10 Signs of Eating Disorders in People with Diabetes

5 minute read
Posted by Virtue Bajurny, BSW, MSW, RSW Type 1 1994, Pumper '09 on Jun 2, 2018 5:00:00 PM
Virtue Bajurny, BSW, MSW, RSW Type 1 1994, Pumper '09

diabetes and eating disorders blogIn today’s society—where we are bombarded with images and messages about how to eat, take care of ourselves and look— it is not uncommon for people to feel dissatisfied with their body shape, size, or features. However, there is a point at which this ‘normative discontent’ can grow into unhealthy relationships with food, body image, and/or body weight.

There is a handful of research around diabetes and eating disorders. What we know from that data is that women with Type 1 diabetes are more than twice as likely to develop an eating disorder than women who do not have diabetes. Although the research to date focuses on women’s experiences of eating disorders and diabetes, it is important to know that men with diabetes can and do experience eating disorders as well.

People with diabetes may be affect by any variety of eating disorders, however most studies to date have focused on what has become known as “diabulimia”—where insulin is intentionally manipulated for the purpose of losing weight. The term diabulimia began to be more widely known in 2007, when several news, magazines, and health journals began running stories about the condition. Clinicians, however, will often refer to diabulimia as ED-DMT1; though sometimes it is also categorized as Other Specified Feeding and Eating Disorders (OSFED). 

Some warning signs that a person is dealing with ED-DMT1 (diabulimia) include:

  1. Consistently high hemoglobin A1C results.
  2. An A1C that is inconsistent with blood glucose logbook readings.
  3. Body image concerns.
  4. Unexplained weight loss.
  5. Overly strict food rules.
  6. Avoiding eating around family, friends, or others.
  7. Exercising compulsively.
  8. Irregular or non-existent menstrual cycles.
  9. Repeated episodes of diabetes ketoacidosis (DKA).
  10. Not following through on appointments.

Keep in mind that some of these warning signs could be related to other issues as well. For example, high A1Cs or missing appointments could mean a lot of things—stress, life transition, anxiety, and/or depression could also affect diabetes management and appointment follow-up.

Finding Supports.

Eating disorders often start as a way of coping with other difficult issues in your life. It can be hard to think about your eating disorder as a foe when it has helped you through your most difficult times. Know that there might be times when it pulls you back from asking for help or from your recovery. Recognize that it will likely be scary to open up to others and ask for help or decide to move towards recovery. Try to be patient with yourself as you begin this process

The earlier you are able to find some supports to help you address difficult relationships with food, body image, weight, and diabetes management the easier it will be to work through them. If you are comfortable with talking to your endocrinologist, diabetes nurse educator, or dietitian, this can be a good place to start. Your team might also suggest you connect with a mental health professional who specializes in eating disorders; sometimes they might even have someone connected to the clinic who you can see.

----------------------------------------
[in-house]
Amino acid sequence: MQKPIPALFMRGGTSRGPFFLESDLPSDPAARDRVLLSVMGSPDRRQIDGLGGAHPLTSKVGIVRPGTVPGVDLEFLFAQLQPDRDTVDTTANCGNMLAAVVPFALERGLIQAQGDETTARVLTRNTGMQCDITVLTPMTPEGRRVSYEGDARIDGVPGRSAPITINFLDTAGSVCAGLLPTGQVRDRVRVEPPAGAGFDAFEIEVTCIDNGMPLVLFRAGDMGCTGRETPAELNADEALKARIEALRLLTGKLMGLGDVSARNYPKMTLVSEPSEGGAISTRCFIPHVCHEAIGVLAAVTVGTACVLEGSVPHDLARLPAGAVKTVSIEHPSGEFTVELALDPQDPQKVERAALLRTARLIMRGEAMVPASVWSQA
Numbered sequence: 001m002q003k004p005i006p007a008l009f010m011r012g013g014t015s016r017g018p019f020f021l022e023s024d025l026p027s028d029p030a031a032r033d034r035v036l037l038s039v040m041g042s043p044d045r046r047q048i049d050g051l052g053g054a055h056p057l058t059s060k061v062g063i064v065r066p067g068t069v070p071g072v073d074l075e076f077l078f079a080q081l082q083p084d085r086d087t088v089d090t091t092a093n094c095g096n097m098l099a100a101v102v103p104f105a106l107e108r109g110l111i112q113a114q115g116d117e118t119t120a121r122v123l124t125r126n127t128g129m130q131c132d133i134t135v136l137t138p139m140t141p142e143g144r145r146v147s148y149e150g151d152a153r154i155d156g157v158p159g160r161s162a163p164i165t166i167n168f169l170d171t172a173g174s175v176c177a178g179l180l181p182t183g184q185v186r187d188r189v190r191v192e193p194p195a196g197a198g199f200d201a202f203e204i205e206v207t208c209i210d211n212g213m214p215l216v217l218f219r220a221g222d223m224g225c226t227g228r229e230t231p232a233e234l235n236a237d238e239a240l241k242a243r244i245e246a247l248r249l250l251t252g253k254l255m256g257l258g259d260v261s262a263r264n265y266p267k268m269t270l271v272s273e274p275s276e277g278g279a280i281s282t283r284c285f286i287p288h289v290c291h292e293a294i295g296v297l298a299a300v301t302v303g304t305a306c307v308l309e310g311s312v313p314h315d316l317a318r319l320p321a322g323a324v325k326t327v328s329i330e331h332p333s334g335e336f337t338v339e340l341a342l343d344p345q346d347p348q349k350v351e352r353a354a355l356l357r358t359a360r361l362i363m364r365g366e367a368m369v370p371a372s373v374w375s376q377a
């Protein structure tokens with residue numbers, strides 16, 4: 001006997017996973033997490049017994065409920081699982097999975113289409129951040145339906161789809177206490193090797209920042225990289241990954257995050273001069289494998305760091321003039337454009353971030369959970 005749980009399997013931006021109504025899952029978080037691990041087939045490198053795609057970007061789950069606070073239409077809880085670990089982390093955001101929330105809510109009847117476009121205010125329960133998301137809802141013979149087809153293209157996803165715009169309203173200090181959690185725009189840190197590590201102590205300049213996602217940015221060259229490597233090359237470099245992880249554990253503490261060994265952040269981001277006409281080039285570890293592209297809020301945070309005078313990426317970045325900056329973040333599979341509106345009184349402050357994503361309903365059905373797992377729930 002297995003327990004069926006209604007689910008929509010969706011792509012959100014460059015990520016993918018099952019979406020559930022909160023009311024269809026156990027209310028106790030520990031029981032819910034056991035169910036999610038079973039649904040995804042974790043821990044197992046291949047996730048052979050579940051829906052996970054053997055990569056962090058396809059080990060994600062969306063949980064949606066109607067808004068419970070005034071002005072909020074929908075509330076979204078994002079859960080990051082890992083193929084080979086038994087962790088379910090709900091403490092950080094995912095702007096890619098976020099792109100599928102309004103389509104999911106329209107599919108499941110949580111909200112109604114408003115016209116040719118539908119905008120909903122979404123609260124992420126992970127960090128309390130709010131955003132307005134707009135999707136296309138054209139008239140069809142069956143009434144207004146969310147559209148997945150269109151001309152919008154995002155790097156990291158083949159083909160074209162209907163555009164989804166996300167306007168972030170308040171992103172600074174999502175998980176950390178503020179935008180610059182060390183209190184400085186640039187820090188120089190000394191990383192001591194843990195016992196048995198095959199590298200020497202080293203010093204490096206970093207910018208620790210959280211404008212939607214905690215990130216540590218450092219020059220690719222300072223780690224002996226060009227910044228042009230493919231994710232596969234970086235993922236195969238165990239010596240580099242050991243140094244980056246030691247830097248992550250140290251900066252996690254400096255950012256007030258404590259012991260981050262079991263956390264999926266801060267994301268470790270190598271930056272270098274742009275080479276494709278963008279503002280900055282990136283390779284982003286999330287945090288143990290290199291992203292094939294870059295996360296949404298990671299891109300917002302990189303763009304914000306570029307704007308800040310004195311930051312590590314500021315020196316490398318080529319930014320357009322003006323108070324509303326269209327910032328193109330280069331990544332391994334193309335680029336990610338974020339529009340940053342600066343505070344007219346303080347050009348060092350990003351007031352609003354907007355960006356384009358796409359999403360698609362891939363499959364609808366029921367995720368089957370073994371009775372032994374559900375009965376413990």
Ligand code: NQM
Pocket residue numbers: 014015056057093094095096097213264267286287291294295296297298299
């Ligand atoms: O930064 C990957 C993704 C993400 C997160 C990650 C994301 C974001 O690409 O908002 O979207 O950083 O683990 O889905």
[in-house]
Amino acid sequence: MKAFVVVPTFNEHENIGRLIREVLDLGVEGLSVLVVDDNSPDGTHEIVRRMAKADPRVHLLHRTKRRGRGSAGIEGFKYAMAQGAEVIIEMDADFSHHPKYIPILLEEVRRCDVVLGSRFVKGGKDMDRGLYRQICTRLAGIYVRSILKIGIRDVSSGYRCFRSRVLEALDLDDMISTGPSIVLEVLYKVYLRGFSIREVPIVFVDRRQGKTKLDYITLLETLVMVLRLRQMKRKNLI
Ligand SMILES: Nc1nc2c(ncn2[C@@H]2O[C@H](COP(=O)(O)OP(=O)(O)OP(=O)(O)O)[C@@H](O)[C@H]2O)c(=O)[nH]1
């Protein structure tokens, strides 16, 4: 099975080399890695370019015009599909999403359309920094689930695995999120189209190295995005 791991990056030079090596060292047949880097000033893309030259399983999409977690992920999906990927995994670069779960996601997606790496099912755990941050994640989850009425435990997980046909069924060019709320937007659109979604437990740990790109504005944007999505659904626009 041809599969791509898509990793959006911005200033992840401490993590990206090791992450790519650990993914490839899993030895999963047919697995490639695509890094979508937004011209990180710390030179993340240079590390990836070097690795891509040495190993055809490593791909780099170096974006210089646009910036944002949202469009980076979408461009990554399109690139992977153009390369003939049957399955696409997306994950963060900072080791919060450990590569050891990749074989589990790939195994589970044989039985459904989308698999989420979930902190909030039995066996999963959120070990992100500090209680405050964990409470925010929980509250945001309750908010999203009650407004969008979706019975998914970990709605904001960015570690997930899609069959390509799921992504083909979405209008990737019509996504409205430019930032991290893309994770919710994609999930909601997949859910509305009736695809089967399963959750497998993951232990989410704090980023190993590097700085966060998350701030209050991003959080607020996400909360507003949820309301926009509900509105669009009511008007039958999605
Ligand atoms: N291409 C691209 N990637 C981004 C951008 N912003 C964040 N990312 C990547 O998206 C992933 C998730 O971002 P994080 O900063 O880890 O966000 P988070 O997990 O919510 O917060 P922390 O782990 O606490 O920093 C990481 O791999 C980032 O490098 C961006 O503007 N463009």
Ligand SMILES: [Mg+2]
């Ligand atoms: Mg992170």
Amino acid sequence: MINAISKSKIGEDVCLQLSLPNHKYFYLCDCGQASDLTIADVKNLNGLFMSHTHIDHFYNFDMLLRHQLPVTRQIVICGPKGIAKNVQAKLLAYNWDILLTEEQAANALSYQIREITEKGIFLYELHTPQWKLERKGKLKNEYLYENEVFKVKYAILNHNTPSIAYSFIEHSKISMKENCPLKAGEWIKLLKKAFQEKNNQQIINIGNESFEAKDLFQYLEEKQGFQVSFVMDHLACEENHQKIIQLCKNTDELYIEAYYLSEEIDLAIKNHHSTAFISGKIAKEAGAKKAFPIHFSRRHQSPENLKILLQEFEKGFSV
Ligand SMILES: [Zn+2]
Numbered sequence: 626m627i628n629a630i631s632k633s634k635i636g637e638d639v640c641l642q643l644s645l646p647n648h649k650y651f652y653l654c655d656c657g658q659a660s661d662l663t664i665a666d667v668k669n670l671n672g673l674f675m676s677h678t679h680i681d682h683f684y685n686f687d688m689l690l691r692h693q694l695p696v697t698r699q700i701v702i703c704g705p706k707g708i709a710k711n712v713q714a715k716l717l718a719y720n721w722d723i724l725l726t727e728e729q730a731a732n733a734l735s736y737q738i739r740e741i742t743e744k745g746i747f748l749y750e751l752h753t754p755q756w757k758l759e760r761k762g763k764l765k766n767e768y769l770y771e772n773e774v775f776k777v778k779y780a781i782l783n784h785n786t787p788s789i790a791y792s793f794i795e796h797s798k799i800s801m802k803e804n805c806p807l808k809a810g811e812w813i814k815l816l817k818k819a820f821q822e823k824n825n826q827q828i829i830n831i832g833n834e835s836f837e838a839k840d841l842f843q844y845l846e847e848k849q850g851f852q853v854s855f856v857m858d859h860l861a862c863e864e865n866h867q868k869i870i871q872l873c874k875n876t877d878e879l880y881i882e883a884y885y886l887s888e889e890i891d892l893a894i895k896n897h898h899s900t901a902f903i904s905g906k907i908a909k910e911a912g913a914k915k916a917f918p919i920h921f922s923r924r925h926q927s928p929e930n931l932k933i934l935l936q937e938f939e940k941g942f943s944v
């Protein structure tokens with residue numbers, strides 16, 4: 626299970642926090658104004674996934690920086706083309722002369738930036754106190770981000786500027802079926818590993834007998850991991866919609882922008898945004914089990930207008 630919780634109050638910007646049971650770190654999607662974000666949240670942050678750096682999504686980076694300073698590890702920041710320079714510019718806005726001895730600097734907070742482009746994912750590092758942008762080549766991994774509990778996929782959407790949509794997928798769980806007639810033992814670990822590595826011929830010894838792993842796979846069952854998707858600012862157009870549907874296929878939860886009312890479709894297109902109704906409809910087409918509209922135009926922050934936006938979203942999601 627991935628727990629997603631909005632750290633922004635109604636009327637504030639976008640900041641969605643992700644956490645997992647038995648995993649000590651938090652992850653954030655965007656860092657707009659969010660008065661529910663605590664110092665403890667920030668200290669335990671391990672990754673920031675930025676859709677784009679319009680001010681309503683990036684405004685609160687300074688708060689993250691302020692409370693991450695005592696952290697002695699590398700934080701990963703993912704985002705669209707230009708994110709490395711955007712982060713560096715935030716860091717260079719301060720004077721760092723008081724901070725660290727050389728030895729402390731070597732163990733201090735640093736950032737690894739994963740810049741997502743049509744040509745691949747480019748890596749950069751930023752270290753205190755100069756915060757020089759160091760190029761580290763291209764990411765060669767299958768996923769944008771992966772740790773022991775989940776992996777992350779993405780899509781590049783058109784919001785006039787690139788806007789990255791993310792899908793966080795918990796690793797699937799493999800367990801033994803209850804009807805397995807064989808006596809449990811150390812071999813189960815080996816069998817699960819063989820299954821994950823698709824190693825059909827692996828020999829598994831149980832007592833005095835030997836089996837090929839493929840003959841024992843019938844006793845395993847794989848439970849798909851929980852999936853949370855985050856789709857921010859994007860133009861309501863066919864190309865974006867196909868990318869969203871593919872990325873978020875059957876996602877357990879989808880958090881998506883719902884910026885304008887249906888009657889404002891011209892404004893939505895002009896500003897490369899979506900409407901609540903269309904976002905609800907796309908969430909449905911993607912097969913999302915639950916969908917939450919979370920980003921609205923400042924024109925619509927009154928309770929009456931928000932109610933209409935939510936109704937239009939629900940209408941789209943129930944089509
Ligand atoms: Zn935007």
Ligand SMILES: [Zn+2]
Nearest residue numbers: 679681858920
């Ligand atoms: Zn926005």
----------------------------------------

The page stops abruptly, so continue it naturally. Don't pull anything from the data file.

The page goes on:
It can be difficult to find organizational supports for dealing with diabetes and an eating disorder, especially in Canada, but there are a few organizations in the United States and the United Kingdom that focus specifically on ED-DMT1:

Diabulimia Helpline (US)

We Are Diabetes (US)

Diabetics with Eating Disorders (UK)

If you don’t feel comfortable reaching out to people quite yet, but would like to start thinking or working toward recovery, We are Diabetes has a great Recovery Toolkit that you can access for free through their website. The document is full of helpful information around some common concerns when going through recovery and what to expect as you work through an eating disorder with diabetes.

Finally, you can also contact the National Eating Disorders Information Centre in Canada for more information and resources related to eating disorders in general. They also have a toll free helpline (1-866-633-4220), a directory on their website to find mental health clinicians who specialize in eating disorders and some information for family and friends about how best to offer support to someone dealing with an eating disorder.

Click below to join Virtue for an online group counselling session.

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Looking for more information? Here are some suggested readings to get you started:

Books:

Prevention and Recovery from Eating Disorders in Type 1 Diabetes: Injecting hope by Dr. Ann Goebel-Fabbri

Overcoming Binge Eating: The proven program to learn why you binge and how you can stop by Dr. Christopher G. Fairburn

Diabulimia: Towards understanding, recognition, and healing by Aarti Sharma

Articles:

“Hope in the World of Eating Disorders and Diabetes” on Diabetes Forecast

“Diabulimia: What is it and how to treat it” (article) by Grace Huifeng Shih, RD, MS

"Not All T1D Eating Disorders are Diabulimia" on Insulin Nation

“Diabulimia” on National Eating Disorders Association (US)

 

Tags: diabetes and mental health, eating disorders, mental health, handling the stress of diabetes care, diabetes counselling, diabetes stress, anxiety, diabetes and food

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